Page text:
Surrogacy and Personal Pregnancies: What Are the Differences?

A pregnant surrogate has an online video call with the expecting parents.

Many women considering becoming a surrogate ask about how the experience is different from when they were pregnant with their own children, especially when it comes to their emotions. These are important questions to ask as you think about wanting to help others grow their families using a surrogacy agency.

In San Francisco, NYC, and Boston, many of our Circle Surrogacy specialists address these concerns with the compassion that comes from having gone through this experience themselves. Gestational surrogates are unique women who have a strong desire to help others who, for various reasons, are unable to have their own children.

In this blog post, we’ll describe the differences you can expect as a gestational carrier compared to when you were pregnant with your own children. You can also read what one of our surrogates wrote about her own experience as you think about becoming a surrogate yourself.

Differences Between Personal and Surrogacy Pregnancies

What’s it like carrying a baby for a couple or individual who you’ve only recently met? If you ask women who have been gestational carriers, the experience is one of the most rewarding accomplishments of their lives. One woman featured in a newspaper article summed it up this way:

“Something really magical happens when you watch someone hold their baby for the very first time, and you know that wouldn’t happen if not for you … It’s overwhelming.”

Preparing for the differences between a personal pregnancy and a surrogate pregnancy, however, is an important part of the journey. Those differences are both physical and emotional and begin before you even become pregnant.

Pre-Pregnancy

Planning to have your own child is something many women might think about for months or years before they actually get pregnant. It’s typically something they’ve discussed with their partners. When someone considers becoming a surrogate, they may not even be familiar with the surrogacy process. The motivation of gestational carriers is altruistic—they want to help others have a baby. Yes, they consider the compensation involved, but rarely is that the primary factor behind their decision to become a surrogate.

Physical Differences and Similarities

One of the requirements for becoming a surrogate is that a woman has completed at least one pregnancy and birth without complications and is currently caring for the child. The in vitro process used for surrogacy is, of course, one of the most significant differences between a personal and surrogate pregnancy.

Gestational carriers have no genetic connection to the intended parents’ baby. Using in vitro fertilization (IVF), a fertility clinic creates embryos that are transferred into the surrogate mother. Intended parents may use their own genetic material or use an egg donor.

After becoming pregnant, a surrogate mother experiences the same physical symptoms that occur during personal pregnancies. Intended parents may want to be part of the surrogate’s medical appointments in person or via video chat to establish a stronger bond.

The Mental and Emotional Experience

As you can imagine, the emotional experience of being a surrogate mother differs significantly from the feelings a woman has as she prepares to give birth to her own child. The issues and concerns that typically occupy the thoughts of a pregnant woman having her own child—preparing a nursery, thinking about breastfeeding and child care, choosing a pediatrician—are absent.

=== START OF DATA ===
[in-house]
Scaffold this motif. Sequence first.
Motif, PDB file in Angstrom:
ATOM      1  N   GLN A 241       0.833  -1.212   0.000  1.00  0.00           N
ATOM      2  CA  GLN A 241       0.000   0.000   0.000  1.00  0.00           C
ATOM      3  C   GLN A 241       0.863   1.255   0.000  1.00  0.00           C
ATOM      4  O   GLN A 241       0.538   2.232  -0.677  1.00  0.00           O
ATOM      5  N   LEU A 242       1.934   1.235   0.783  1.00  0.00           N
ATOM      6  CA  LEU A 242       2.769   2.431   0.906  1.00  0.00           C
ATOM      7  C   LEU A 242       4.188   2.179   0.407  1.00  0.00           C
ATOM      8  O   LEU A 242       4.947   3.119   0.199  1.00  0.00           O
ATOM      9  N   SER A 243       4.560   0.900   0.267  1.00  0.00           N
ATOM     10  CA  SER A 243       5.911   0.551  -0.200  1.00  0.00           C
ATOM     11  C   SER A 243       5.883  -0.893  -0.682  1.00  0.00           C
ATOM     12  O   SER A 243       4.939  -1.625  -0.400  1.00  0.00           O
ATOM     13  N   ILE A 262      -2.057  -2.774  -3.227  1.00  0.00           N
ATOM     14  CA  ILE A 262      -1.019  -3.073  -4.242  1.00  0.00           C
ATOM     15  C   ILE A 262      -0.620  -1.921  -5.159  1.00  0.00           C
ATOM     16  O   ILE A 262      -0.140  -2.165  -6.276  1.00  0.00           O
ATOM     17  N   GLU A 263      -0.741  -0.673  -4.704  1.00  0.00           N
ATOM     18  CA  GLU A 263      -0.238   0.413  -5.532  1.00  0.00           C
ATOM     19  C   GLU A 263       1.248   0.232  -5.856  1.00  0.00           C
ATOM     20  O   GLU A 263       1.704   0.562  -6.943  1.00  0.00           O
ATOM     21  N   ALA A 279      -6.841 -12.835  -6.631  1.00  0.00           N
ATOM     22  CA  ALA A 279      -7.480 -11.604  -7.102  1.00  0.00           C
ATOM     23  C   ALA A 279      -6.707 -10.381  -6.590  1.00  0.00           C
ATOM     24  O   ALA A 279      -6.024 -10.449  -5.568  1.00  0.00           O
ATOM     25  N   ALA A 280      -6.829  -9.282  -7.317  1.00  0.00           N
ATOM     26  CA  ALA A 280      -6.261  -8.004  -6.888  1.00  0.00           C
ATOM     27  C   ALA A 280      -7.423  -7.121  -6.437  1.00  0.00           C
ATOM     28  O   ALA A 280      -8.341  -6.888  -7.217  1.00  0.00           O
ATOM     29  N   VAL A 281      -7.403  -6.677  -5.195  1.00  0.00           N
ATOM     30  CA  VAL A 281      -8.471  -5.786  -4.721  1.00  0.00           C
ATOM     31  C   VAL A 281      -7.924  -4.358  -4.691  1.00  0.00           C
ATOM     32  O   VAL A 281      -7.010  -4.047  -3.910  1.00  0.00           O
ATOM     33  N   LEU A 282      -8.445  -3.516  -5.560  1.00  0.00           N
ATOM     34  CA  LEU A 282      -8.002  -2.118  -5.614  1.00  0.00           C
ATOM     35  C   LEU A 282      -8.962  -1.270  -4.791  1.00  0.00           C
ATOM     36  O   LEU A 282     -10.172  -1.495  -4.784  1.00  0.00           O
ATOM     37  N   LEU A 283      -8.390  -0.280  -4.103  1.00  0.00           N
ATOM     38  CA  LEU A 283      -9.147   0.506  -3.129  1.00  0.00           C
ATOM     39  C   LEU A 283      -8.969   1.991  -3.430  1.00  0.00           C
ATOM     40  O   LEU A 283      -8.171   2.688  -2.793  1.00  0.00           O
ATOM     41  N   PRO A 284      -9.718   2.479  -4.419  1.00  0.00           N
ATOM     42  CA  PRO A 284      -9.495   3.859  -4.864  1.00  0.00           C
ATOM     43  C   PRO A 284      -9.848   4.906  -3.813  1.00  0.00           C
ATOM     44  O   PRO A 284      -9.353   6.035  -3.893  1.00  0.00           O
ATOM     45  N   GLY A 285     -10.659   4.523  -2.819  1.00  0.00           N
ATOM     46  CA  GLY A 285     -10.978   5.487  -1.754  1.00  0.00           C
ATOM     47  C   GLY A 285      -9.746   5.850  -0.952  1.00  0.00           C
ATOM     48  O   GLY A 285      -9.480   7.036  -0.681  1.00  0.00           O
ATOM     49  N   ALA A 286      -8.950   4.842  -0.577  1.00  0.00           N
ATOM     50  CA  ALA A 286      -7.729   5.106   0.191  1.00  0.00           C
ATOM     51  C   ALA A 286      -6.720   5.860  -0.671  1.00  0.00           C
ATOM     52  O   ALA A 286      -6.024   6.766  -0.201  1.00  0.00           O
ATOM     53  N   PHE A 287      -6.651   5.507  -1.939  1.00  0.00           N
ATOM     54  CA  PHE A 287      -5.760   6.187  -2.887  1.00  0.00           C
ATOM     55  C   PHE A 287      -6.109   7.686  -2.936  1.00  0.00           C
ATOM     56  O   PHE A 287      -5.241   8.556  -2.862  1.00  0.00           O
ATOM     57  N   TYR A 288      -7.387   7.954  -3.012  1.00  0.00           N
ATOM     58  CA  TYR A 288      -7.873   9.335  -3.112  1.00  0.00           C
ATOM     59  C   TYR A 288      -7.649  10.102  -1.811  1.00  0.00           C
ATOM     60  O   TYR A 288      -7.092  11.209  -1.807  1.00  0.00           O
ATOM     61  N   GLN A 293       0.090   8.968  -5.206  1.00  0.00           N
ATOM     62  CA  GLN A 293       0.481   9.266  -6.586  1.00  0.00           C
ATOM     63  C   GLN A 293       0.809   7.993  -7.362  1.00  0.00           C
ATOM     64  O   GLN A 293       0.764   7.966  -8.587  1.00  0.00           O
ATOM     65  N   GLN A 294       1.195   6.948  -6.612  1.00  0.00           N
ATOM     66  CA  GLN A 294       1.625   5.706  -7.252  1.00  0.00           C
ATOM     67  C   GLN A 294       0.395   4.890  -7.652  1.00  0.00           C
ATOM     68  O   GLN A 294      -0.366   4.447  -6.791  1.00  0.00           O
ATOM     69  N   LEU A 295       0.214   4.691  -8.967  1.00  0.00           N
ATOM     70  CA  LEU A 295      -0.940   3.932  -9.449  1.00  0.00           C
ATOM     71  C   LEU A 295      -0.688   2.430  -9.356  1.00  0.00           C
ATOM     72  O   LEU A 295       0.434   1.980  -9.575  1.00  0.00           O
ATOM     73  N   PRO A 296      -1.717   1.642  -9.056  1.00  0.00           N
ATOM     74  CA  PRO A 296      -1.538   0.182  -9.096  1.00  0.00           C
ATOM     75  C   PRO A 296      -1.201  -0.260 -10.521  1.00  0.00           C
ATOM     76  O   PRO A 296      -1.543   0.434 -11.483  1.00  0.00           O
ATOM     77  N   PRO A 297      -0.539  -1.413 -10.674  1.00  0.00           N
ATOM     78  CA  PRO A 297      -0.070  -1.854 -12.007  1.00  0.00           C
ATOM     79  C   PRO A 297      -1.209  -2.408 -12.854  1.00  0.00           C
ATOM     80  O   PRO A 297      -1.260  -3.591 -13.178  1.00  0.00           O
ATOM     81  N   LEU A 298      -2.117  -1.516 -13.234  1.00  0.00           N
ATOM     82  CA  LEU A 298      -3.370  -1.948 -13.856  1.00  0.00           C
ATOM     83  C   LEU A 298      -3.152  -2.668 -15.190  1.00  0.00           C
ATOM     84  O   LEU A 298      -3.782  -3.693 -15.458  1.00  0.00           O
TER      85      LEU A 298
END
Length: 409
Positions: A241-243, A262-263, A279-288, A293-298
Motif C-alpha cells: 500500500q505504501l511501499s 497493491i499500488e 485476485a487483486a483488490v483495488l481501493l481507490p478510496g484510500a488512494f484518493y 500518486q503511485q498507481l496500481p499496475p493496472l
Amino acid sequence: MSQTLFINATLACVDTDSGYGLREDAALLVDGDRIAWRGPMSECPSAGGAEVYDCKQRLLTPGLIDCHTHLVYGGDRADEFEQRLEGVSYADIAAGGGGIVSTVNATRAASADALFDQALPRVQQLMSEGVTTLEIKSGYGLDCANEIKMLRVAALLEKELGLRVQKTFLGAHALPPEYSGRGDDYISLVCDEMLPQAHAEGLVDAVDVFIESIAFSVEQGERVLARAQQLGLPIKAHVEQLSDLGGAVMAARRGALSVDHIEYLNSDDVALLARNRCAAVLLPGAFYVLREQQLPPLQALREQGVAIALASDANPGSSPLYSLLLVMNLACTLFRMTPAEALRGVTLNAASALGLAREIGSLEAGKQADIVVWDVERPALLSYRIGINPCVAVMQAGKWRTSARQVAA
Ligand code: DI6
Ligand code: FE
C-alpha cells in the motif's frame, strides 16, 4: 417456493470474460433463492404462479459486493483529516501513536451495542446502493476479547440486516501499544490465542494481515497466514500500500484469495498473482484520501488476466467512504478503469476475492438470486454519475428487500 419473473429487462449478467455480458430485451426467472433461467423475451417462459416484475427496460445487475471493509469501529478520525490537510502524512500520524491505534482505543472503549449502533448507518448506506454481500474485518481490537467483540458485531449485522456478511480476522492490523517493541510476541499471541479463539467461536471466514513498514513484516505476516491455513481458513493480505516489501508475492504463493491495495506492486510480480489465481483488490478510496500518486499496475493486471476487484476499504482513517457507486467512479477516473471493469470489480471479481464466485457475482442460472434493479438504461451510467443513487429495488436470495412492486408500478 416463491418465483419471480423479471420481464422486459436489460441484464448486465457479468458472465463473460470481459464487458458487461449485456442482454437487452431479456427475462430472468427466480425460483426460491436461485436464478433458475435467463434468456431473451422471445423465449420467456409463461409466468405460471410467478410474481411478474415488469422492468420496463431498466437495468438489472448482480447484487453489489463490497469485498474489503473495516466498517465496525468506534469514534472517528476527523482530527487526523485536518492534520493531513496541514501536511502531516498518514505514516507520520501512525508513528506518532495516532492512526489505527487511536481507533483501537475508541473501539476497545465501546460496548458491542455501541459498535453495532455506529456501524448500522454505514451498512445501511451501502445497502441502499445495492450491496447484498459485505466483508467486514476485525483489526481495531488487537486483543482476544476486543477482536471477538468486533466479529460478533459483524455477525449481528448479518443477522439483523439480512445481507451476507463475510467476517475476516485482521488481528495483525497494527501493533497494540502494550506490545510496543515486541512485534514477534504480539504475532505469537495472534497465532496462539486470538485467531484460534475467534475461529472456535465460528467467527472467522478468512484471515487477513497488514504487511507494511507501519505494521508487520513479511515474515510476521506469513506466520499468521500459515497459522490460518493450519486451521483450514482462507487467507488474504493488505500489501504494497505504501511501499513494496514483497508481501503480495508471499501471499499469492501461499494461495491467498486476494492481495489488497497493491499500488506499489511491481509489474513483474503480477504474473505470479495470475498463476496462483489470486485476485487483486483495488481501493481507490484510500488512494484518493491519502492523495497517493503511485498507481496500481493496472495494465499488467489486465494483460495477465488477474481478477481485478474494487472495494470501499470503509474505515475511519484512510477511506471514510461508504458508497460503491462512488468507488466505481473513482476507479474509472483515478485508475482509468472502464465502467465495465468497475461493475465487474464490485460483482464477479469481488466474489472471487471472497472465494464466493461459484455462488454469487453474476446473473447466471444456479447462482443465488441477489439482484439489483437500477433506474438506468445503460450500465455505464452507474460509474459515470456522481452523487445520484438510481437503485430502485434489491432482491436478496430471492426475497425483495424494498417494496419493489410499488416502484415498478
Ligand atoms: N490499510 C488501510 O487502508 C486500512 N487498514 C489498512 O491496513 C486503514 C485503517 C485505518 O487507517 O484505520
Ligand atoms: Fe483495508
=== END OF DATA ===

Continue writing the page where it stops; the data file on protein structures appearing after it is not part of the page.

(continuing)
Instead, surrogates are preparing for the emotions of the delivery and “giving the baby back” to the intended parents. Circle Surrogacy supports surrogates throughout their journeys with social workers who understand the roller coaster of emotions gestational carriers experience throughout the pregnancy and in the postpartum period.

Sometimes called the “fourth trimester,” postpartum is a critical time for all mothers. It’s very different for surrogates because they are not caring for a child even as they recover physically and emotionally from the delivery and their surrogacy journeys. We encourage surrogates to seek support from others after the delivery even though they aren’t caring for a baby.

Your Support System

When you’re pregnant with your own baby, your extended family and friends are all ready to help out in any way they can during the pregnancy. They plan baby showers and check in often to ensure you’re feeling well. For surrogate mothers, your immediate family provides support along with the team at Circle Surrogacy. In addition, many surrogates form strong connections with their intended parents and even their families during the pregnancy. Because the nature of the surrogacy journey is so unique, the shared bond is one that surrogate mothers and intended parents treasure.

These connections often last long after the delivery. In fact, several international studies looking at surrogacy births 10 years later found positive feelings among parents of surrogate children, surrogate mothers, and the children themselves.

If you want to become a surrogate mother but have questions about the experience and what to expect physically and emotionally, our team at Circle Surrogacy is ready to provide the information you need to make a sound decision.

We’ve been matching surrogates with intended parents for more than 25 years and are among the world’s leading surrogacy agencies. You can start the process by submitting an application. We look forward to hearing from you!